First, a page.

COMMENTARIES Xu 531 In the paper of He et al. , the authors unveiled an impor- assume the blood NOx reflects a local regulation in the lung. The tant mechanism of nitric oxide regulation in Tibetans under only potential risk is that the magnitude of the variance between high-altitude hypoxia, which might be valuable in understand- the blood NOx and the exhaled NO levels could be statistically ing the altitudinal adaption of Tibetan people. In particular, the close to that between populations. authors overturned the previous proposal of a Tibetan-specific Another interesting observation in this paper is the between- NOx up-regulation as an adaptive strategy to high-altitude hy- gender difference at 4802 m—that is, males exhibited a higher poxia and proposed that the NOx up-regulation is probably a NOx level than females at that elevation. In particular, the dif- common physiological response to hypoxia for general popu- ference observed is in the opposite direction compared to a pre- lations, including both Tibetan and Han Chinese. I am con- vious study that reported higher NOx levels in Tibetan females vinced by many lines of evidence presented in the manuscript compared to Tibetan males. As only the sum of nitrate and ni- and I would like to commend the authors for an inspiring trite was measured in this paper, a fair comparative analysis is paper. not applicable at this time. Further study is necessary to resolve One strength of this study is that the authors collected and these incompatible observations. analysed the largest population sample for blood NOx analysis and, in particular, for the first time, Tibetans living at low alti- tude and lowlanders (Han Chinese) living at high altitude were Shuhua Xu analysed. But it is a pity that the NOx data were not available for CAS-MPG Partner Institute for Computational Biology (PICB), Han Chinese above 4500 m. It is possible to collect data from Shanghai Institutes for Biological Sciences, CAS, China those mountaineers from mt. Everest base camp (∼5200 m), of Reviewer of NSR whom many are Han Chinese, although some bias might be in- E-mail: firstname.lastname@example.org troduced, as they are not permanent residents and they are not random samples. However, according to the study, the elevated NOx level can be maintained for a long period of time in both na- REFERENCE tive Tibetans and lowlanders moving to high altitudes, and ‘the 1. He YX, Qi XB and Ouzhuluobu et al. Natl Sci Rev 2018; 5: 516–29. duration of residence time has no obvious effect on blood NOx level’. I believe the data would be valuable if they are available in the future. National Science Review As the authors also mentioned in the manuscript, they did 5: 531, 2018 not examine the exhaled NO in their population samples. It doi: 10.1093/nsr/nwy040 is reasonable, based on the observation of previous studies, to Advance access publication 28 March 2018 Downloaded from https://academic.oup.com/nsr/article-abstract/5/4/531/4956056 by Ed 'DeepDyve' Gillespie user on 07 August 2018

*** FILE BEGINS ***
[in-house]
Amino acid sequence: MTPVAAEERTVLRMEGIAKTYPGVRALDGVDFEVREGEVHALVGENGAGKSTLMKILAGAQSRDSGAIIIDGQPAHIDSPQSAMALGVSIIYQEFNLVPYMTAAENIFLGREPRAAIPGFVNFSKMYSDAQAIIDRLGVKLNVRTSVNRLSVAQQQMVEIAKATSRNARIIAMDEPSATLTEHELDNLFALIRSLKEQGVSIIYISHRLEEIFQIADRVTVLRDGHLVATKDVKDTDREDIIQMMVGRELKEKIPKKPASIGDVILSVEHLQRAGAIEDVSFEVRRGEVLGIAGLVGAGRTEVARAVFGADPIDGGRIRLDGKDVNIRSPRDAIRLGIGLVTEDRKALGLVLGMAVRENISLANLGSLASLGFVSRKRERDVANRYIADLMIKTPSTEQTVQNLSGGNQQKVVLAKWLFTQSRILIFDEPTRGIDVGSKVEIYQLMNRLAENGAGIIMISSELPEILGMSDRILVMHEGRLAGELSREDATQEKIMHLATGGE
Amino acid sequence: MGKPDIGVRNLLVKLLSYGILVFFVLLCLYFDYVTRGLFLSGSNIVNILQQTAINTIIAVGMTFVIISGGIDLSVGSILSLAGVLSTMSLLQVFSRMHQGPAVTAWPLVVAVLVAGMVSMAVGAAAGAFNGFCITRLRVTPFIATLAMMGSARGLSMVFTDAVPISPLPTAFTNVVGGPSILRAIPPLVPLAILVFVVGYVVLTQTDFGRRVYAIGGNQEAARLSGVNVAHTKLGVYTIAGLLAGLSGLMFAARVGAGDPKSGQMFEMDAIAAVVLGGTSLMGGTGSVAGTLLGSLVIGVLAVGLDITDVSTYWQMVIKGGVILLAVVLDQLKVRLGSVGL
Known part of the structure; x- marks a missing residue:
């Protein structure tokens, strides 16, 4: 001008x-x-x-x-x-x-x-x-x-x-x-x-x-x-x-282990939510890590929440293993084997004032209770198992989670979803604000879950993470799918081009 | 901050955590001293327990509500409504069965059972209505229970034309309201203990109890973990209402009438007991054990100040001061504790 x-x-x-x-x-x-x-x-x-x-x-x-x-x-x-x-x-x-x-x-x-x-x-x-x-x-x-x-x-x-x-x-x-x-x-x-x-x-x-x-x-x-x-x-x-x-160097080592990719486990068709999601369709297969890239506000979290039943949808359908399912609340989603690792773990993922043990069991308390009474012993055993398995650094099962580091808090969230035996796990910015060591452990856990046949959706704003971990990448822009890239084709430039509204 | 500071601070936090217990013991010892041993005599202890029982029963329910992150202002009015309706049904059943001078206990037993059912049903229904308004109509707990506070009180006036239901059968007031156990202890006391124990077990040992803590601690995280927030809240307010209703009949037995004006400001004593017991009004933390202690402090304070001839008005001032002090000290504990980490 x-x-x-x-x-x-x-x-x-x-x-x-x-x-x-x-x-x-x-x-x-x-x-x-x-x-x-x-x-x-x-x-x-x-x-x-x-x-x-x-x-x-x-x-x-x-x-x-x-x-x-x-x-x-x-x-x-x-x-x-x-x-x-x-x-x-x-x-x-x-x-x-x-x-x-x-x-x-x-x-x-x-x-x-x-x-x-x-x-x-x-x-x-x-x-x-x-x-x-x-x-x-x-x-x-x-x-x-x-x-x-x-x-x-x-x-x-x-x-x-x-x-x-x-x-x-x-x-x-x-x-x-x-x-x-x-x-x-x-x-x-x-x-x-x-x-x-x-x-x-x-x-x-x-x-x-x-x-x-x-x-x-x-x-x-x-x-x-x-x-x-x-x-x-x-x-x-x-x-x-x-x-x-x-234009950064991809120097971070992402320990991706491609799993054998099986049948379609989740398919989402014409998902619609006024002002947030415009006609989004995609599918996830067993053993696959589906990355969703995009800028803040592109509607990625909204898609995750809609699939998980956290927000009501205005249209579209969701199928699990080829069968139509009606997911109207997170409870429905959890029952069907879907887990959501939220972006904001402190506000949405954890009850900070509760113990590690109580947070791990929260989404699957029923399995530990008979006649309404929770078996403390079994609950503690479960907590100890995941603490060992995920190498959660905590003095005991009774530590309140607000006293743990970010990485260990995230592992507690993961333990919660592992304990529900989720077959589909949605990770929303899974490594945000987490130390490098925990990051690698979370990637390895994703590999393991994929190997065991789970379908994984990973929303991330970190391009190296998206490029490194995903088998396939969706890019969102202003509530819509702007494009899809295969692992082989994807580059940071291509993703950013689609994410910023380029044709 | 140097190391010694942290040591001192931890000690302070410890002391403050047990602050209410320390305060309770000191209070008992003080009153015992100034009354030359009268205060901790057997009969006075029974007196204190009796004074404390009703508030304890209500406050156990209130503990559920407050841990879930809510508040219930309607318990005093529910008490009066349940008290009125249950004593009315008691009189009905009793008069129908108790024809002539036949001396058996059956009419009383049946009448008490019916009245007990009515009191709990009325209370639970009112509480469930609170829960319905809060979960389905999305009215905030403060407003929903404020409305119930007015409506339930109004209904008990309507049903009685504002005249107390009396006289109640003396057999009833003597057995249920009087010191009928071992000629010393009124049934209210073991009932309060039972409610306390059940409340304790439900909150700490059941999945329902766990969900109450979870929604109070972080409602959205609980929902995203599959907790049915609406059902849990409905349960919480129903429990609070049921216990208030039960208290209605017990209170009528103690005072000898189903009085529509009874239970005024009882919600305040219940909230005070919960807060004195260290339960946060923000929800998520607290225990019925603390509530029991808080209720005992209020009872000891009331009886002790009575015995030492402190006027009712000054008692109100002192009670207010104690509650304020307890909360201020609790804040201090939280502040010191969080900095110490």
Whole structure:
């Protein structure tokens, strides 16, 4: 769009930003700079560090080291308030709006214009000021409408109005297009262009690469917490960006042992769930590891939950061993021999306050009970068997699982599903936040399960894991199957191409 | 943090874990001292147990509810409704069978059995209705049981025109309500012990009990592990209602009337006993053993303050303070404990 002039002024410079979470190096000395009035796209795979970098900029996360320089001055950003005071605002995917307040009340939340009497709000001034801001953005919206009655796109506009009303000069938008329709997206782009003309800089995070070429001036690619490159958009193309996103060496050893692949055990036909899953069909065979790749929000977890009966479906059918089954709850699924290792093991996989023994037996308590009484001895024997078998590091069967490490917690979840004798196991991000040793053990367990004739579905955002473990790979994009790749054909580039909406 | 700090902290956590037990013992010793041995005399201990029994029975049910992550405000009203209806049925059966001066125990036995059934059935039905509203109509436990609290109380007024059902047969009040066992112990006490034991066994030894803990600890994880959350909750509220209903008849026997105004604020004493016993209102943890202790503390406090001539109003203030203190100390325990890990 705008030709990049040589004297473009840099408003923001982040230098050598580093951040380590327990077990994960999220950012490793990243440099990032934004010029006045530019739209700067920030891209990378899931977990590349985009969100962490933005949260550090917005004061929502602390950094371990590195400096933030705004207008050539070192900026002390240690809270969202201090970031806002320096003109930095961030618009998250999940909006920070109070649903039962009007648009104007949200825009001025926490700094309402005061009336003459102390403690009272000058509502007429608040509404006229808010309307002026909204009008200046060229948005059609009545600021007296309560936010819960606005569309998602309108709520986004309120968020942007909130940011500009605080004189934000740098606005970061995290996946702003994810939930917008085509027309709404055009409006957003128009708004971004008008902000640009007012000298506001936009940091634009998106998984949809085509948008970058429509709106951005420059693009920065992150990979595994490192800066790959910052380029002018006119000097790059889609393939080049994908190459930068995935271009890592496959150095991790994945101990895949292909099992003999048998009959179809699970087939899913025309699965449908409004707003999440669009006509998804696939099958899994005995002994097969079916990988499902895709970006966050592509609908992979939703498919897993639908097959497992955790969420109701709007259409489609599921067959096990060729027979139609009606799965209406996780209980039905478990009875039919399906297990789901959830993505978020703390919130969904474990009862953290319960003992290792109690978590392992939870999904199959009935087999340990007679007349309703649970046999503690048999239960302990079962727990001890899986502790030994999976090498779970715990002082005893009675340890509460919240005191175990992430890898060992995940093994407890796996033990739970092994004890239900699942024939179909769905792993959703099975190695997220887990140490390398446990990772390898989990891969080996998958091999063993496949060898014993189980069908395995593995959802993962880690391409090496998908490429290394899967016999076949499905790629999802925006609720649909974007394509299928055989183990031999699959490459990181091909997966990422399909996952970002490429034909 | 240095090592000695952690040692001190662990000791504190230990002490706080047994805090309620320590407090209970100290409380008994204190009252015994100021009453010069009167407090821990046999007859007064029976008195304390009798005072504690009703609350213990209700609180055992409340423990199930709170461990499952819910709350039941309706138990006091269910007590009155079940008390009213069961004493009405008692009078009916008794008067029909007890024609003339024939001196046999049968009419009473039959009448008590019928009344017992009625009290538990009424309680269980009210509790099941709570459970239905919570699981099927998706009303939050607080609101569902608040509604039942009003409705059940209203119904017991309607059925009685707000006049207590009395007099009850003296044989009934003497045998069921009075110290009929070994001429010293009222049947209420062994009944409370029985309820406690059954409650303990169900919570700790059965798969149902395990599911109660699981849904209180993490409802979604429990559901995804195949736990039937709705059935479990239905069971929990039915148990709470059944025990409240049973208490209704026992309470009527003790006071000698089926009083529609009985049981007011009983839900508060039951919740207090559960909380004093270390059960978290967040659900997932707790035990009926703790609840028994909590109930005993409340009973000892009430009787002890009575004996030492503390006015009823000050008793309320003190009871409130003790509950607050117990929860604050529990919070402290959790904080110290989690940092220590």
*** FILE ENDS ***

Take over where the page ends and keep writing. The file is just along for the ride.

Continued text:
National Science Review – Oxford University Press
Published: Jul 1, 2018
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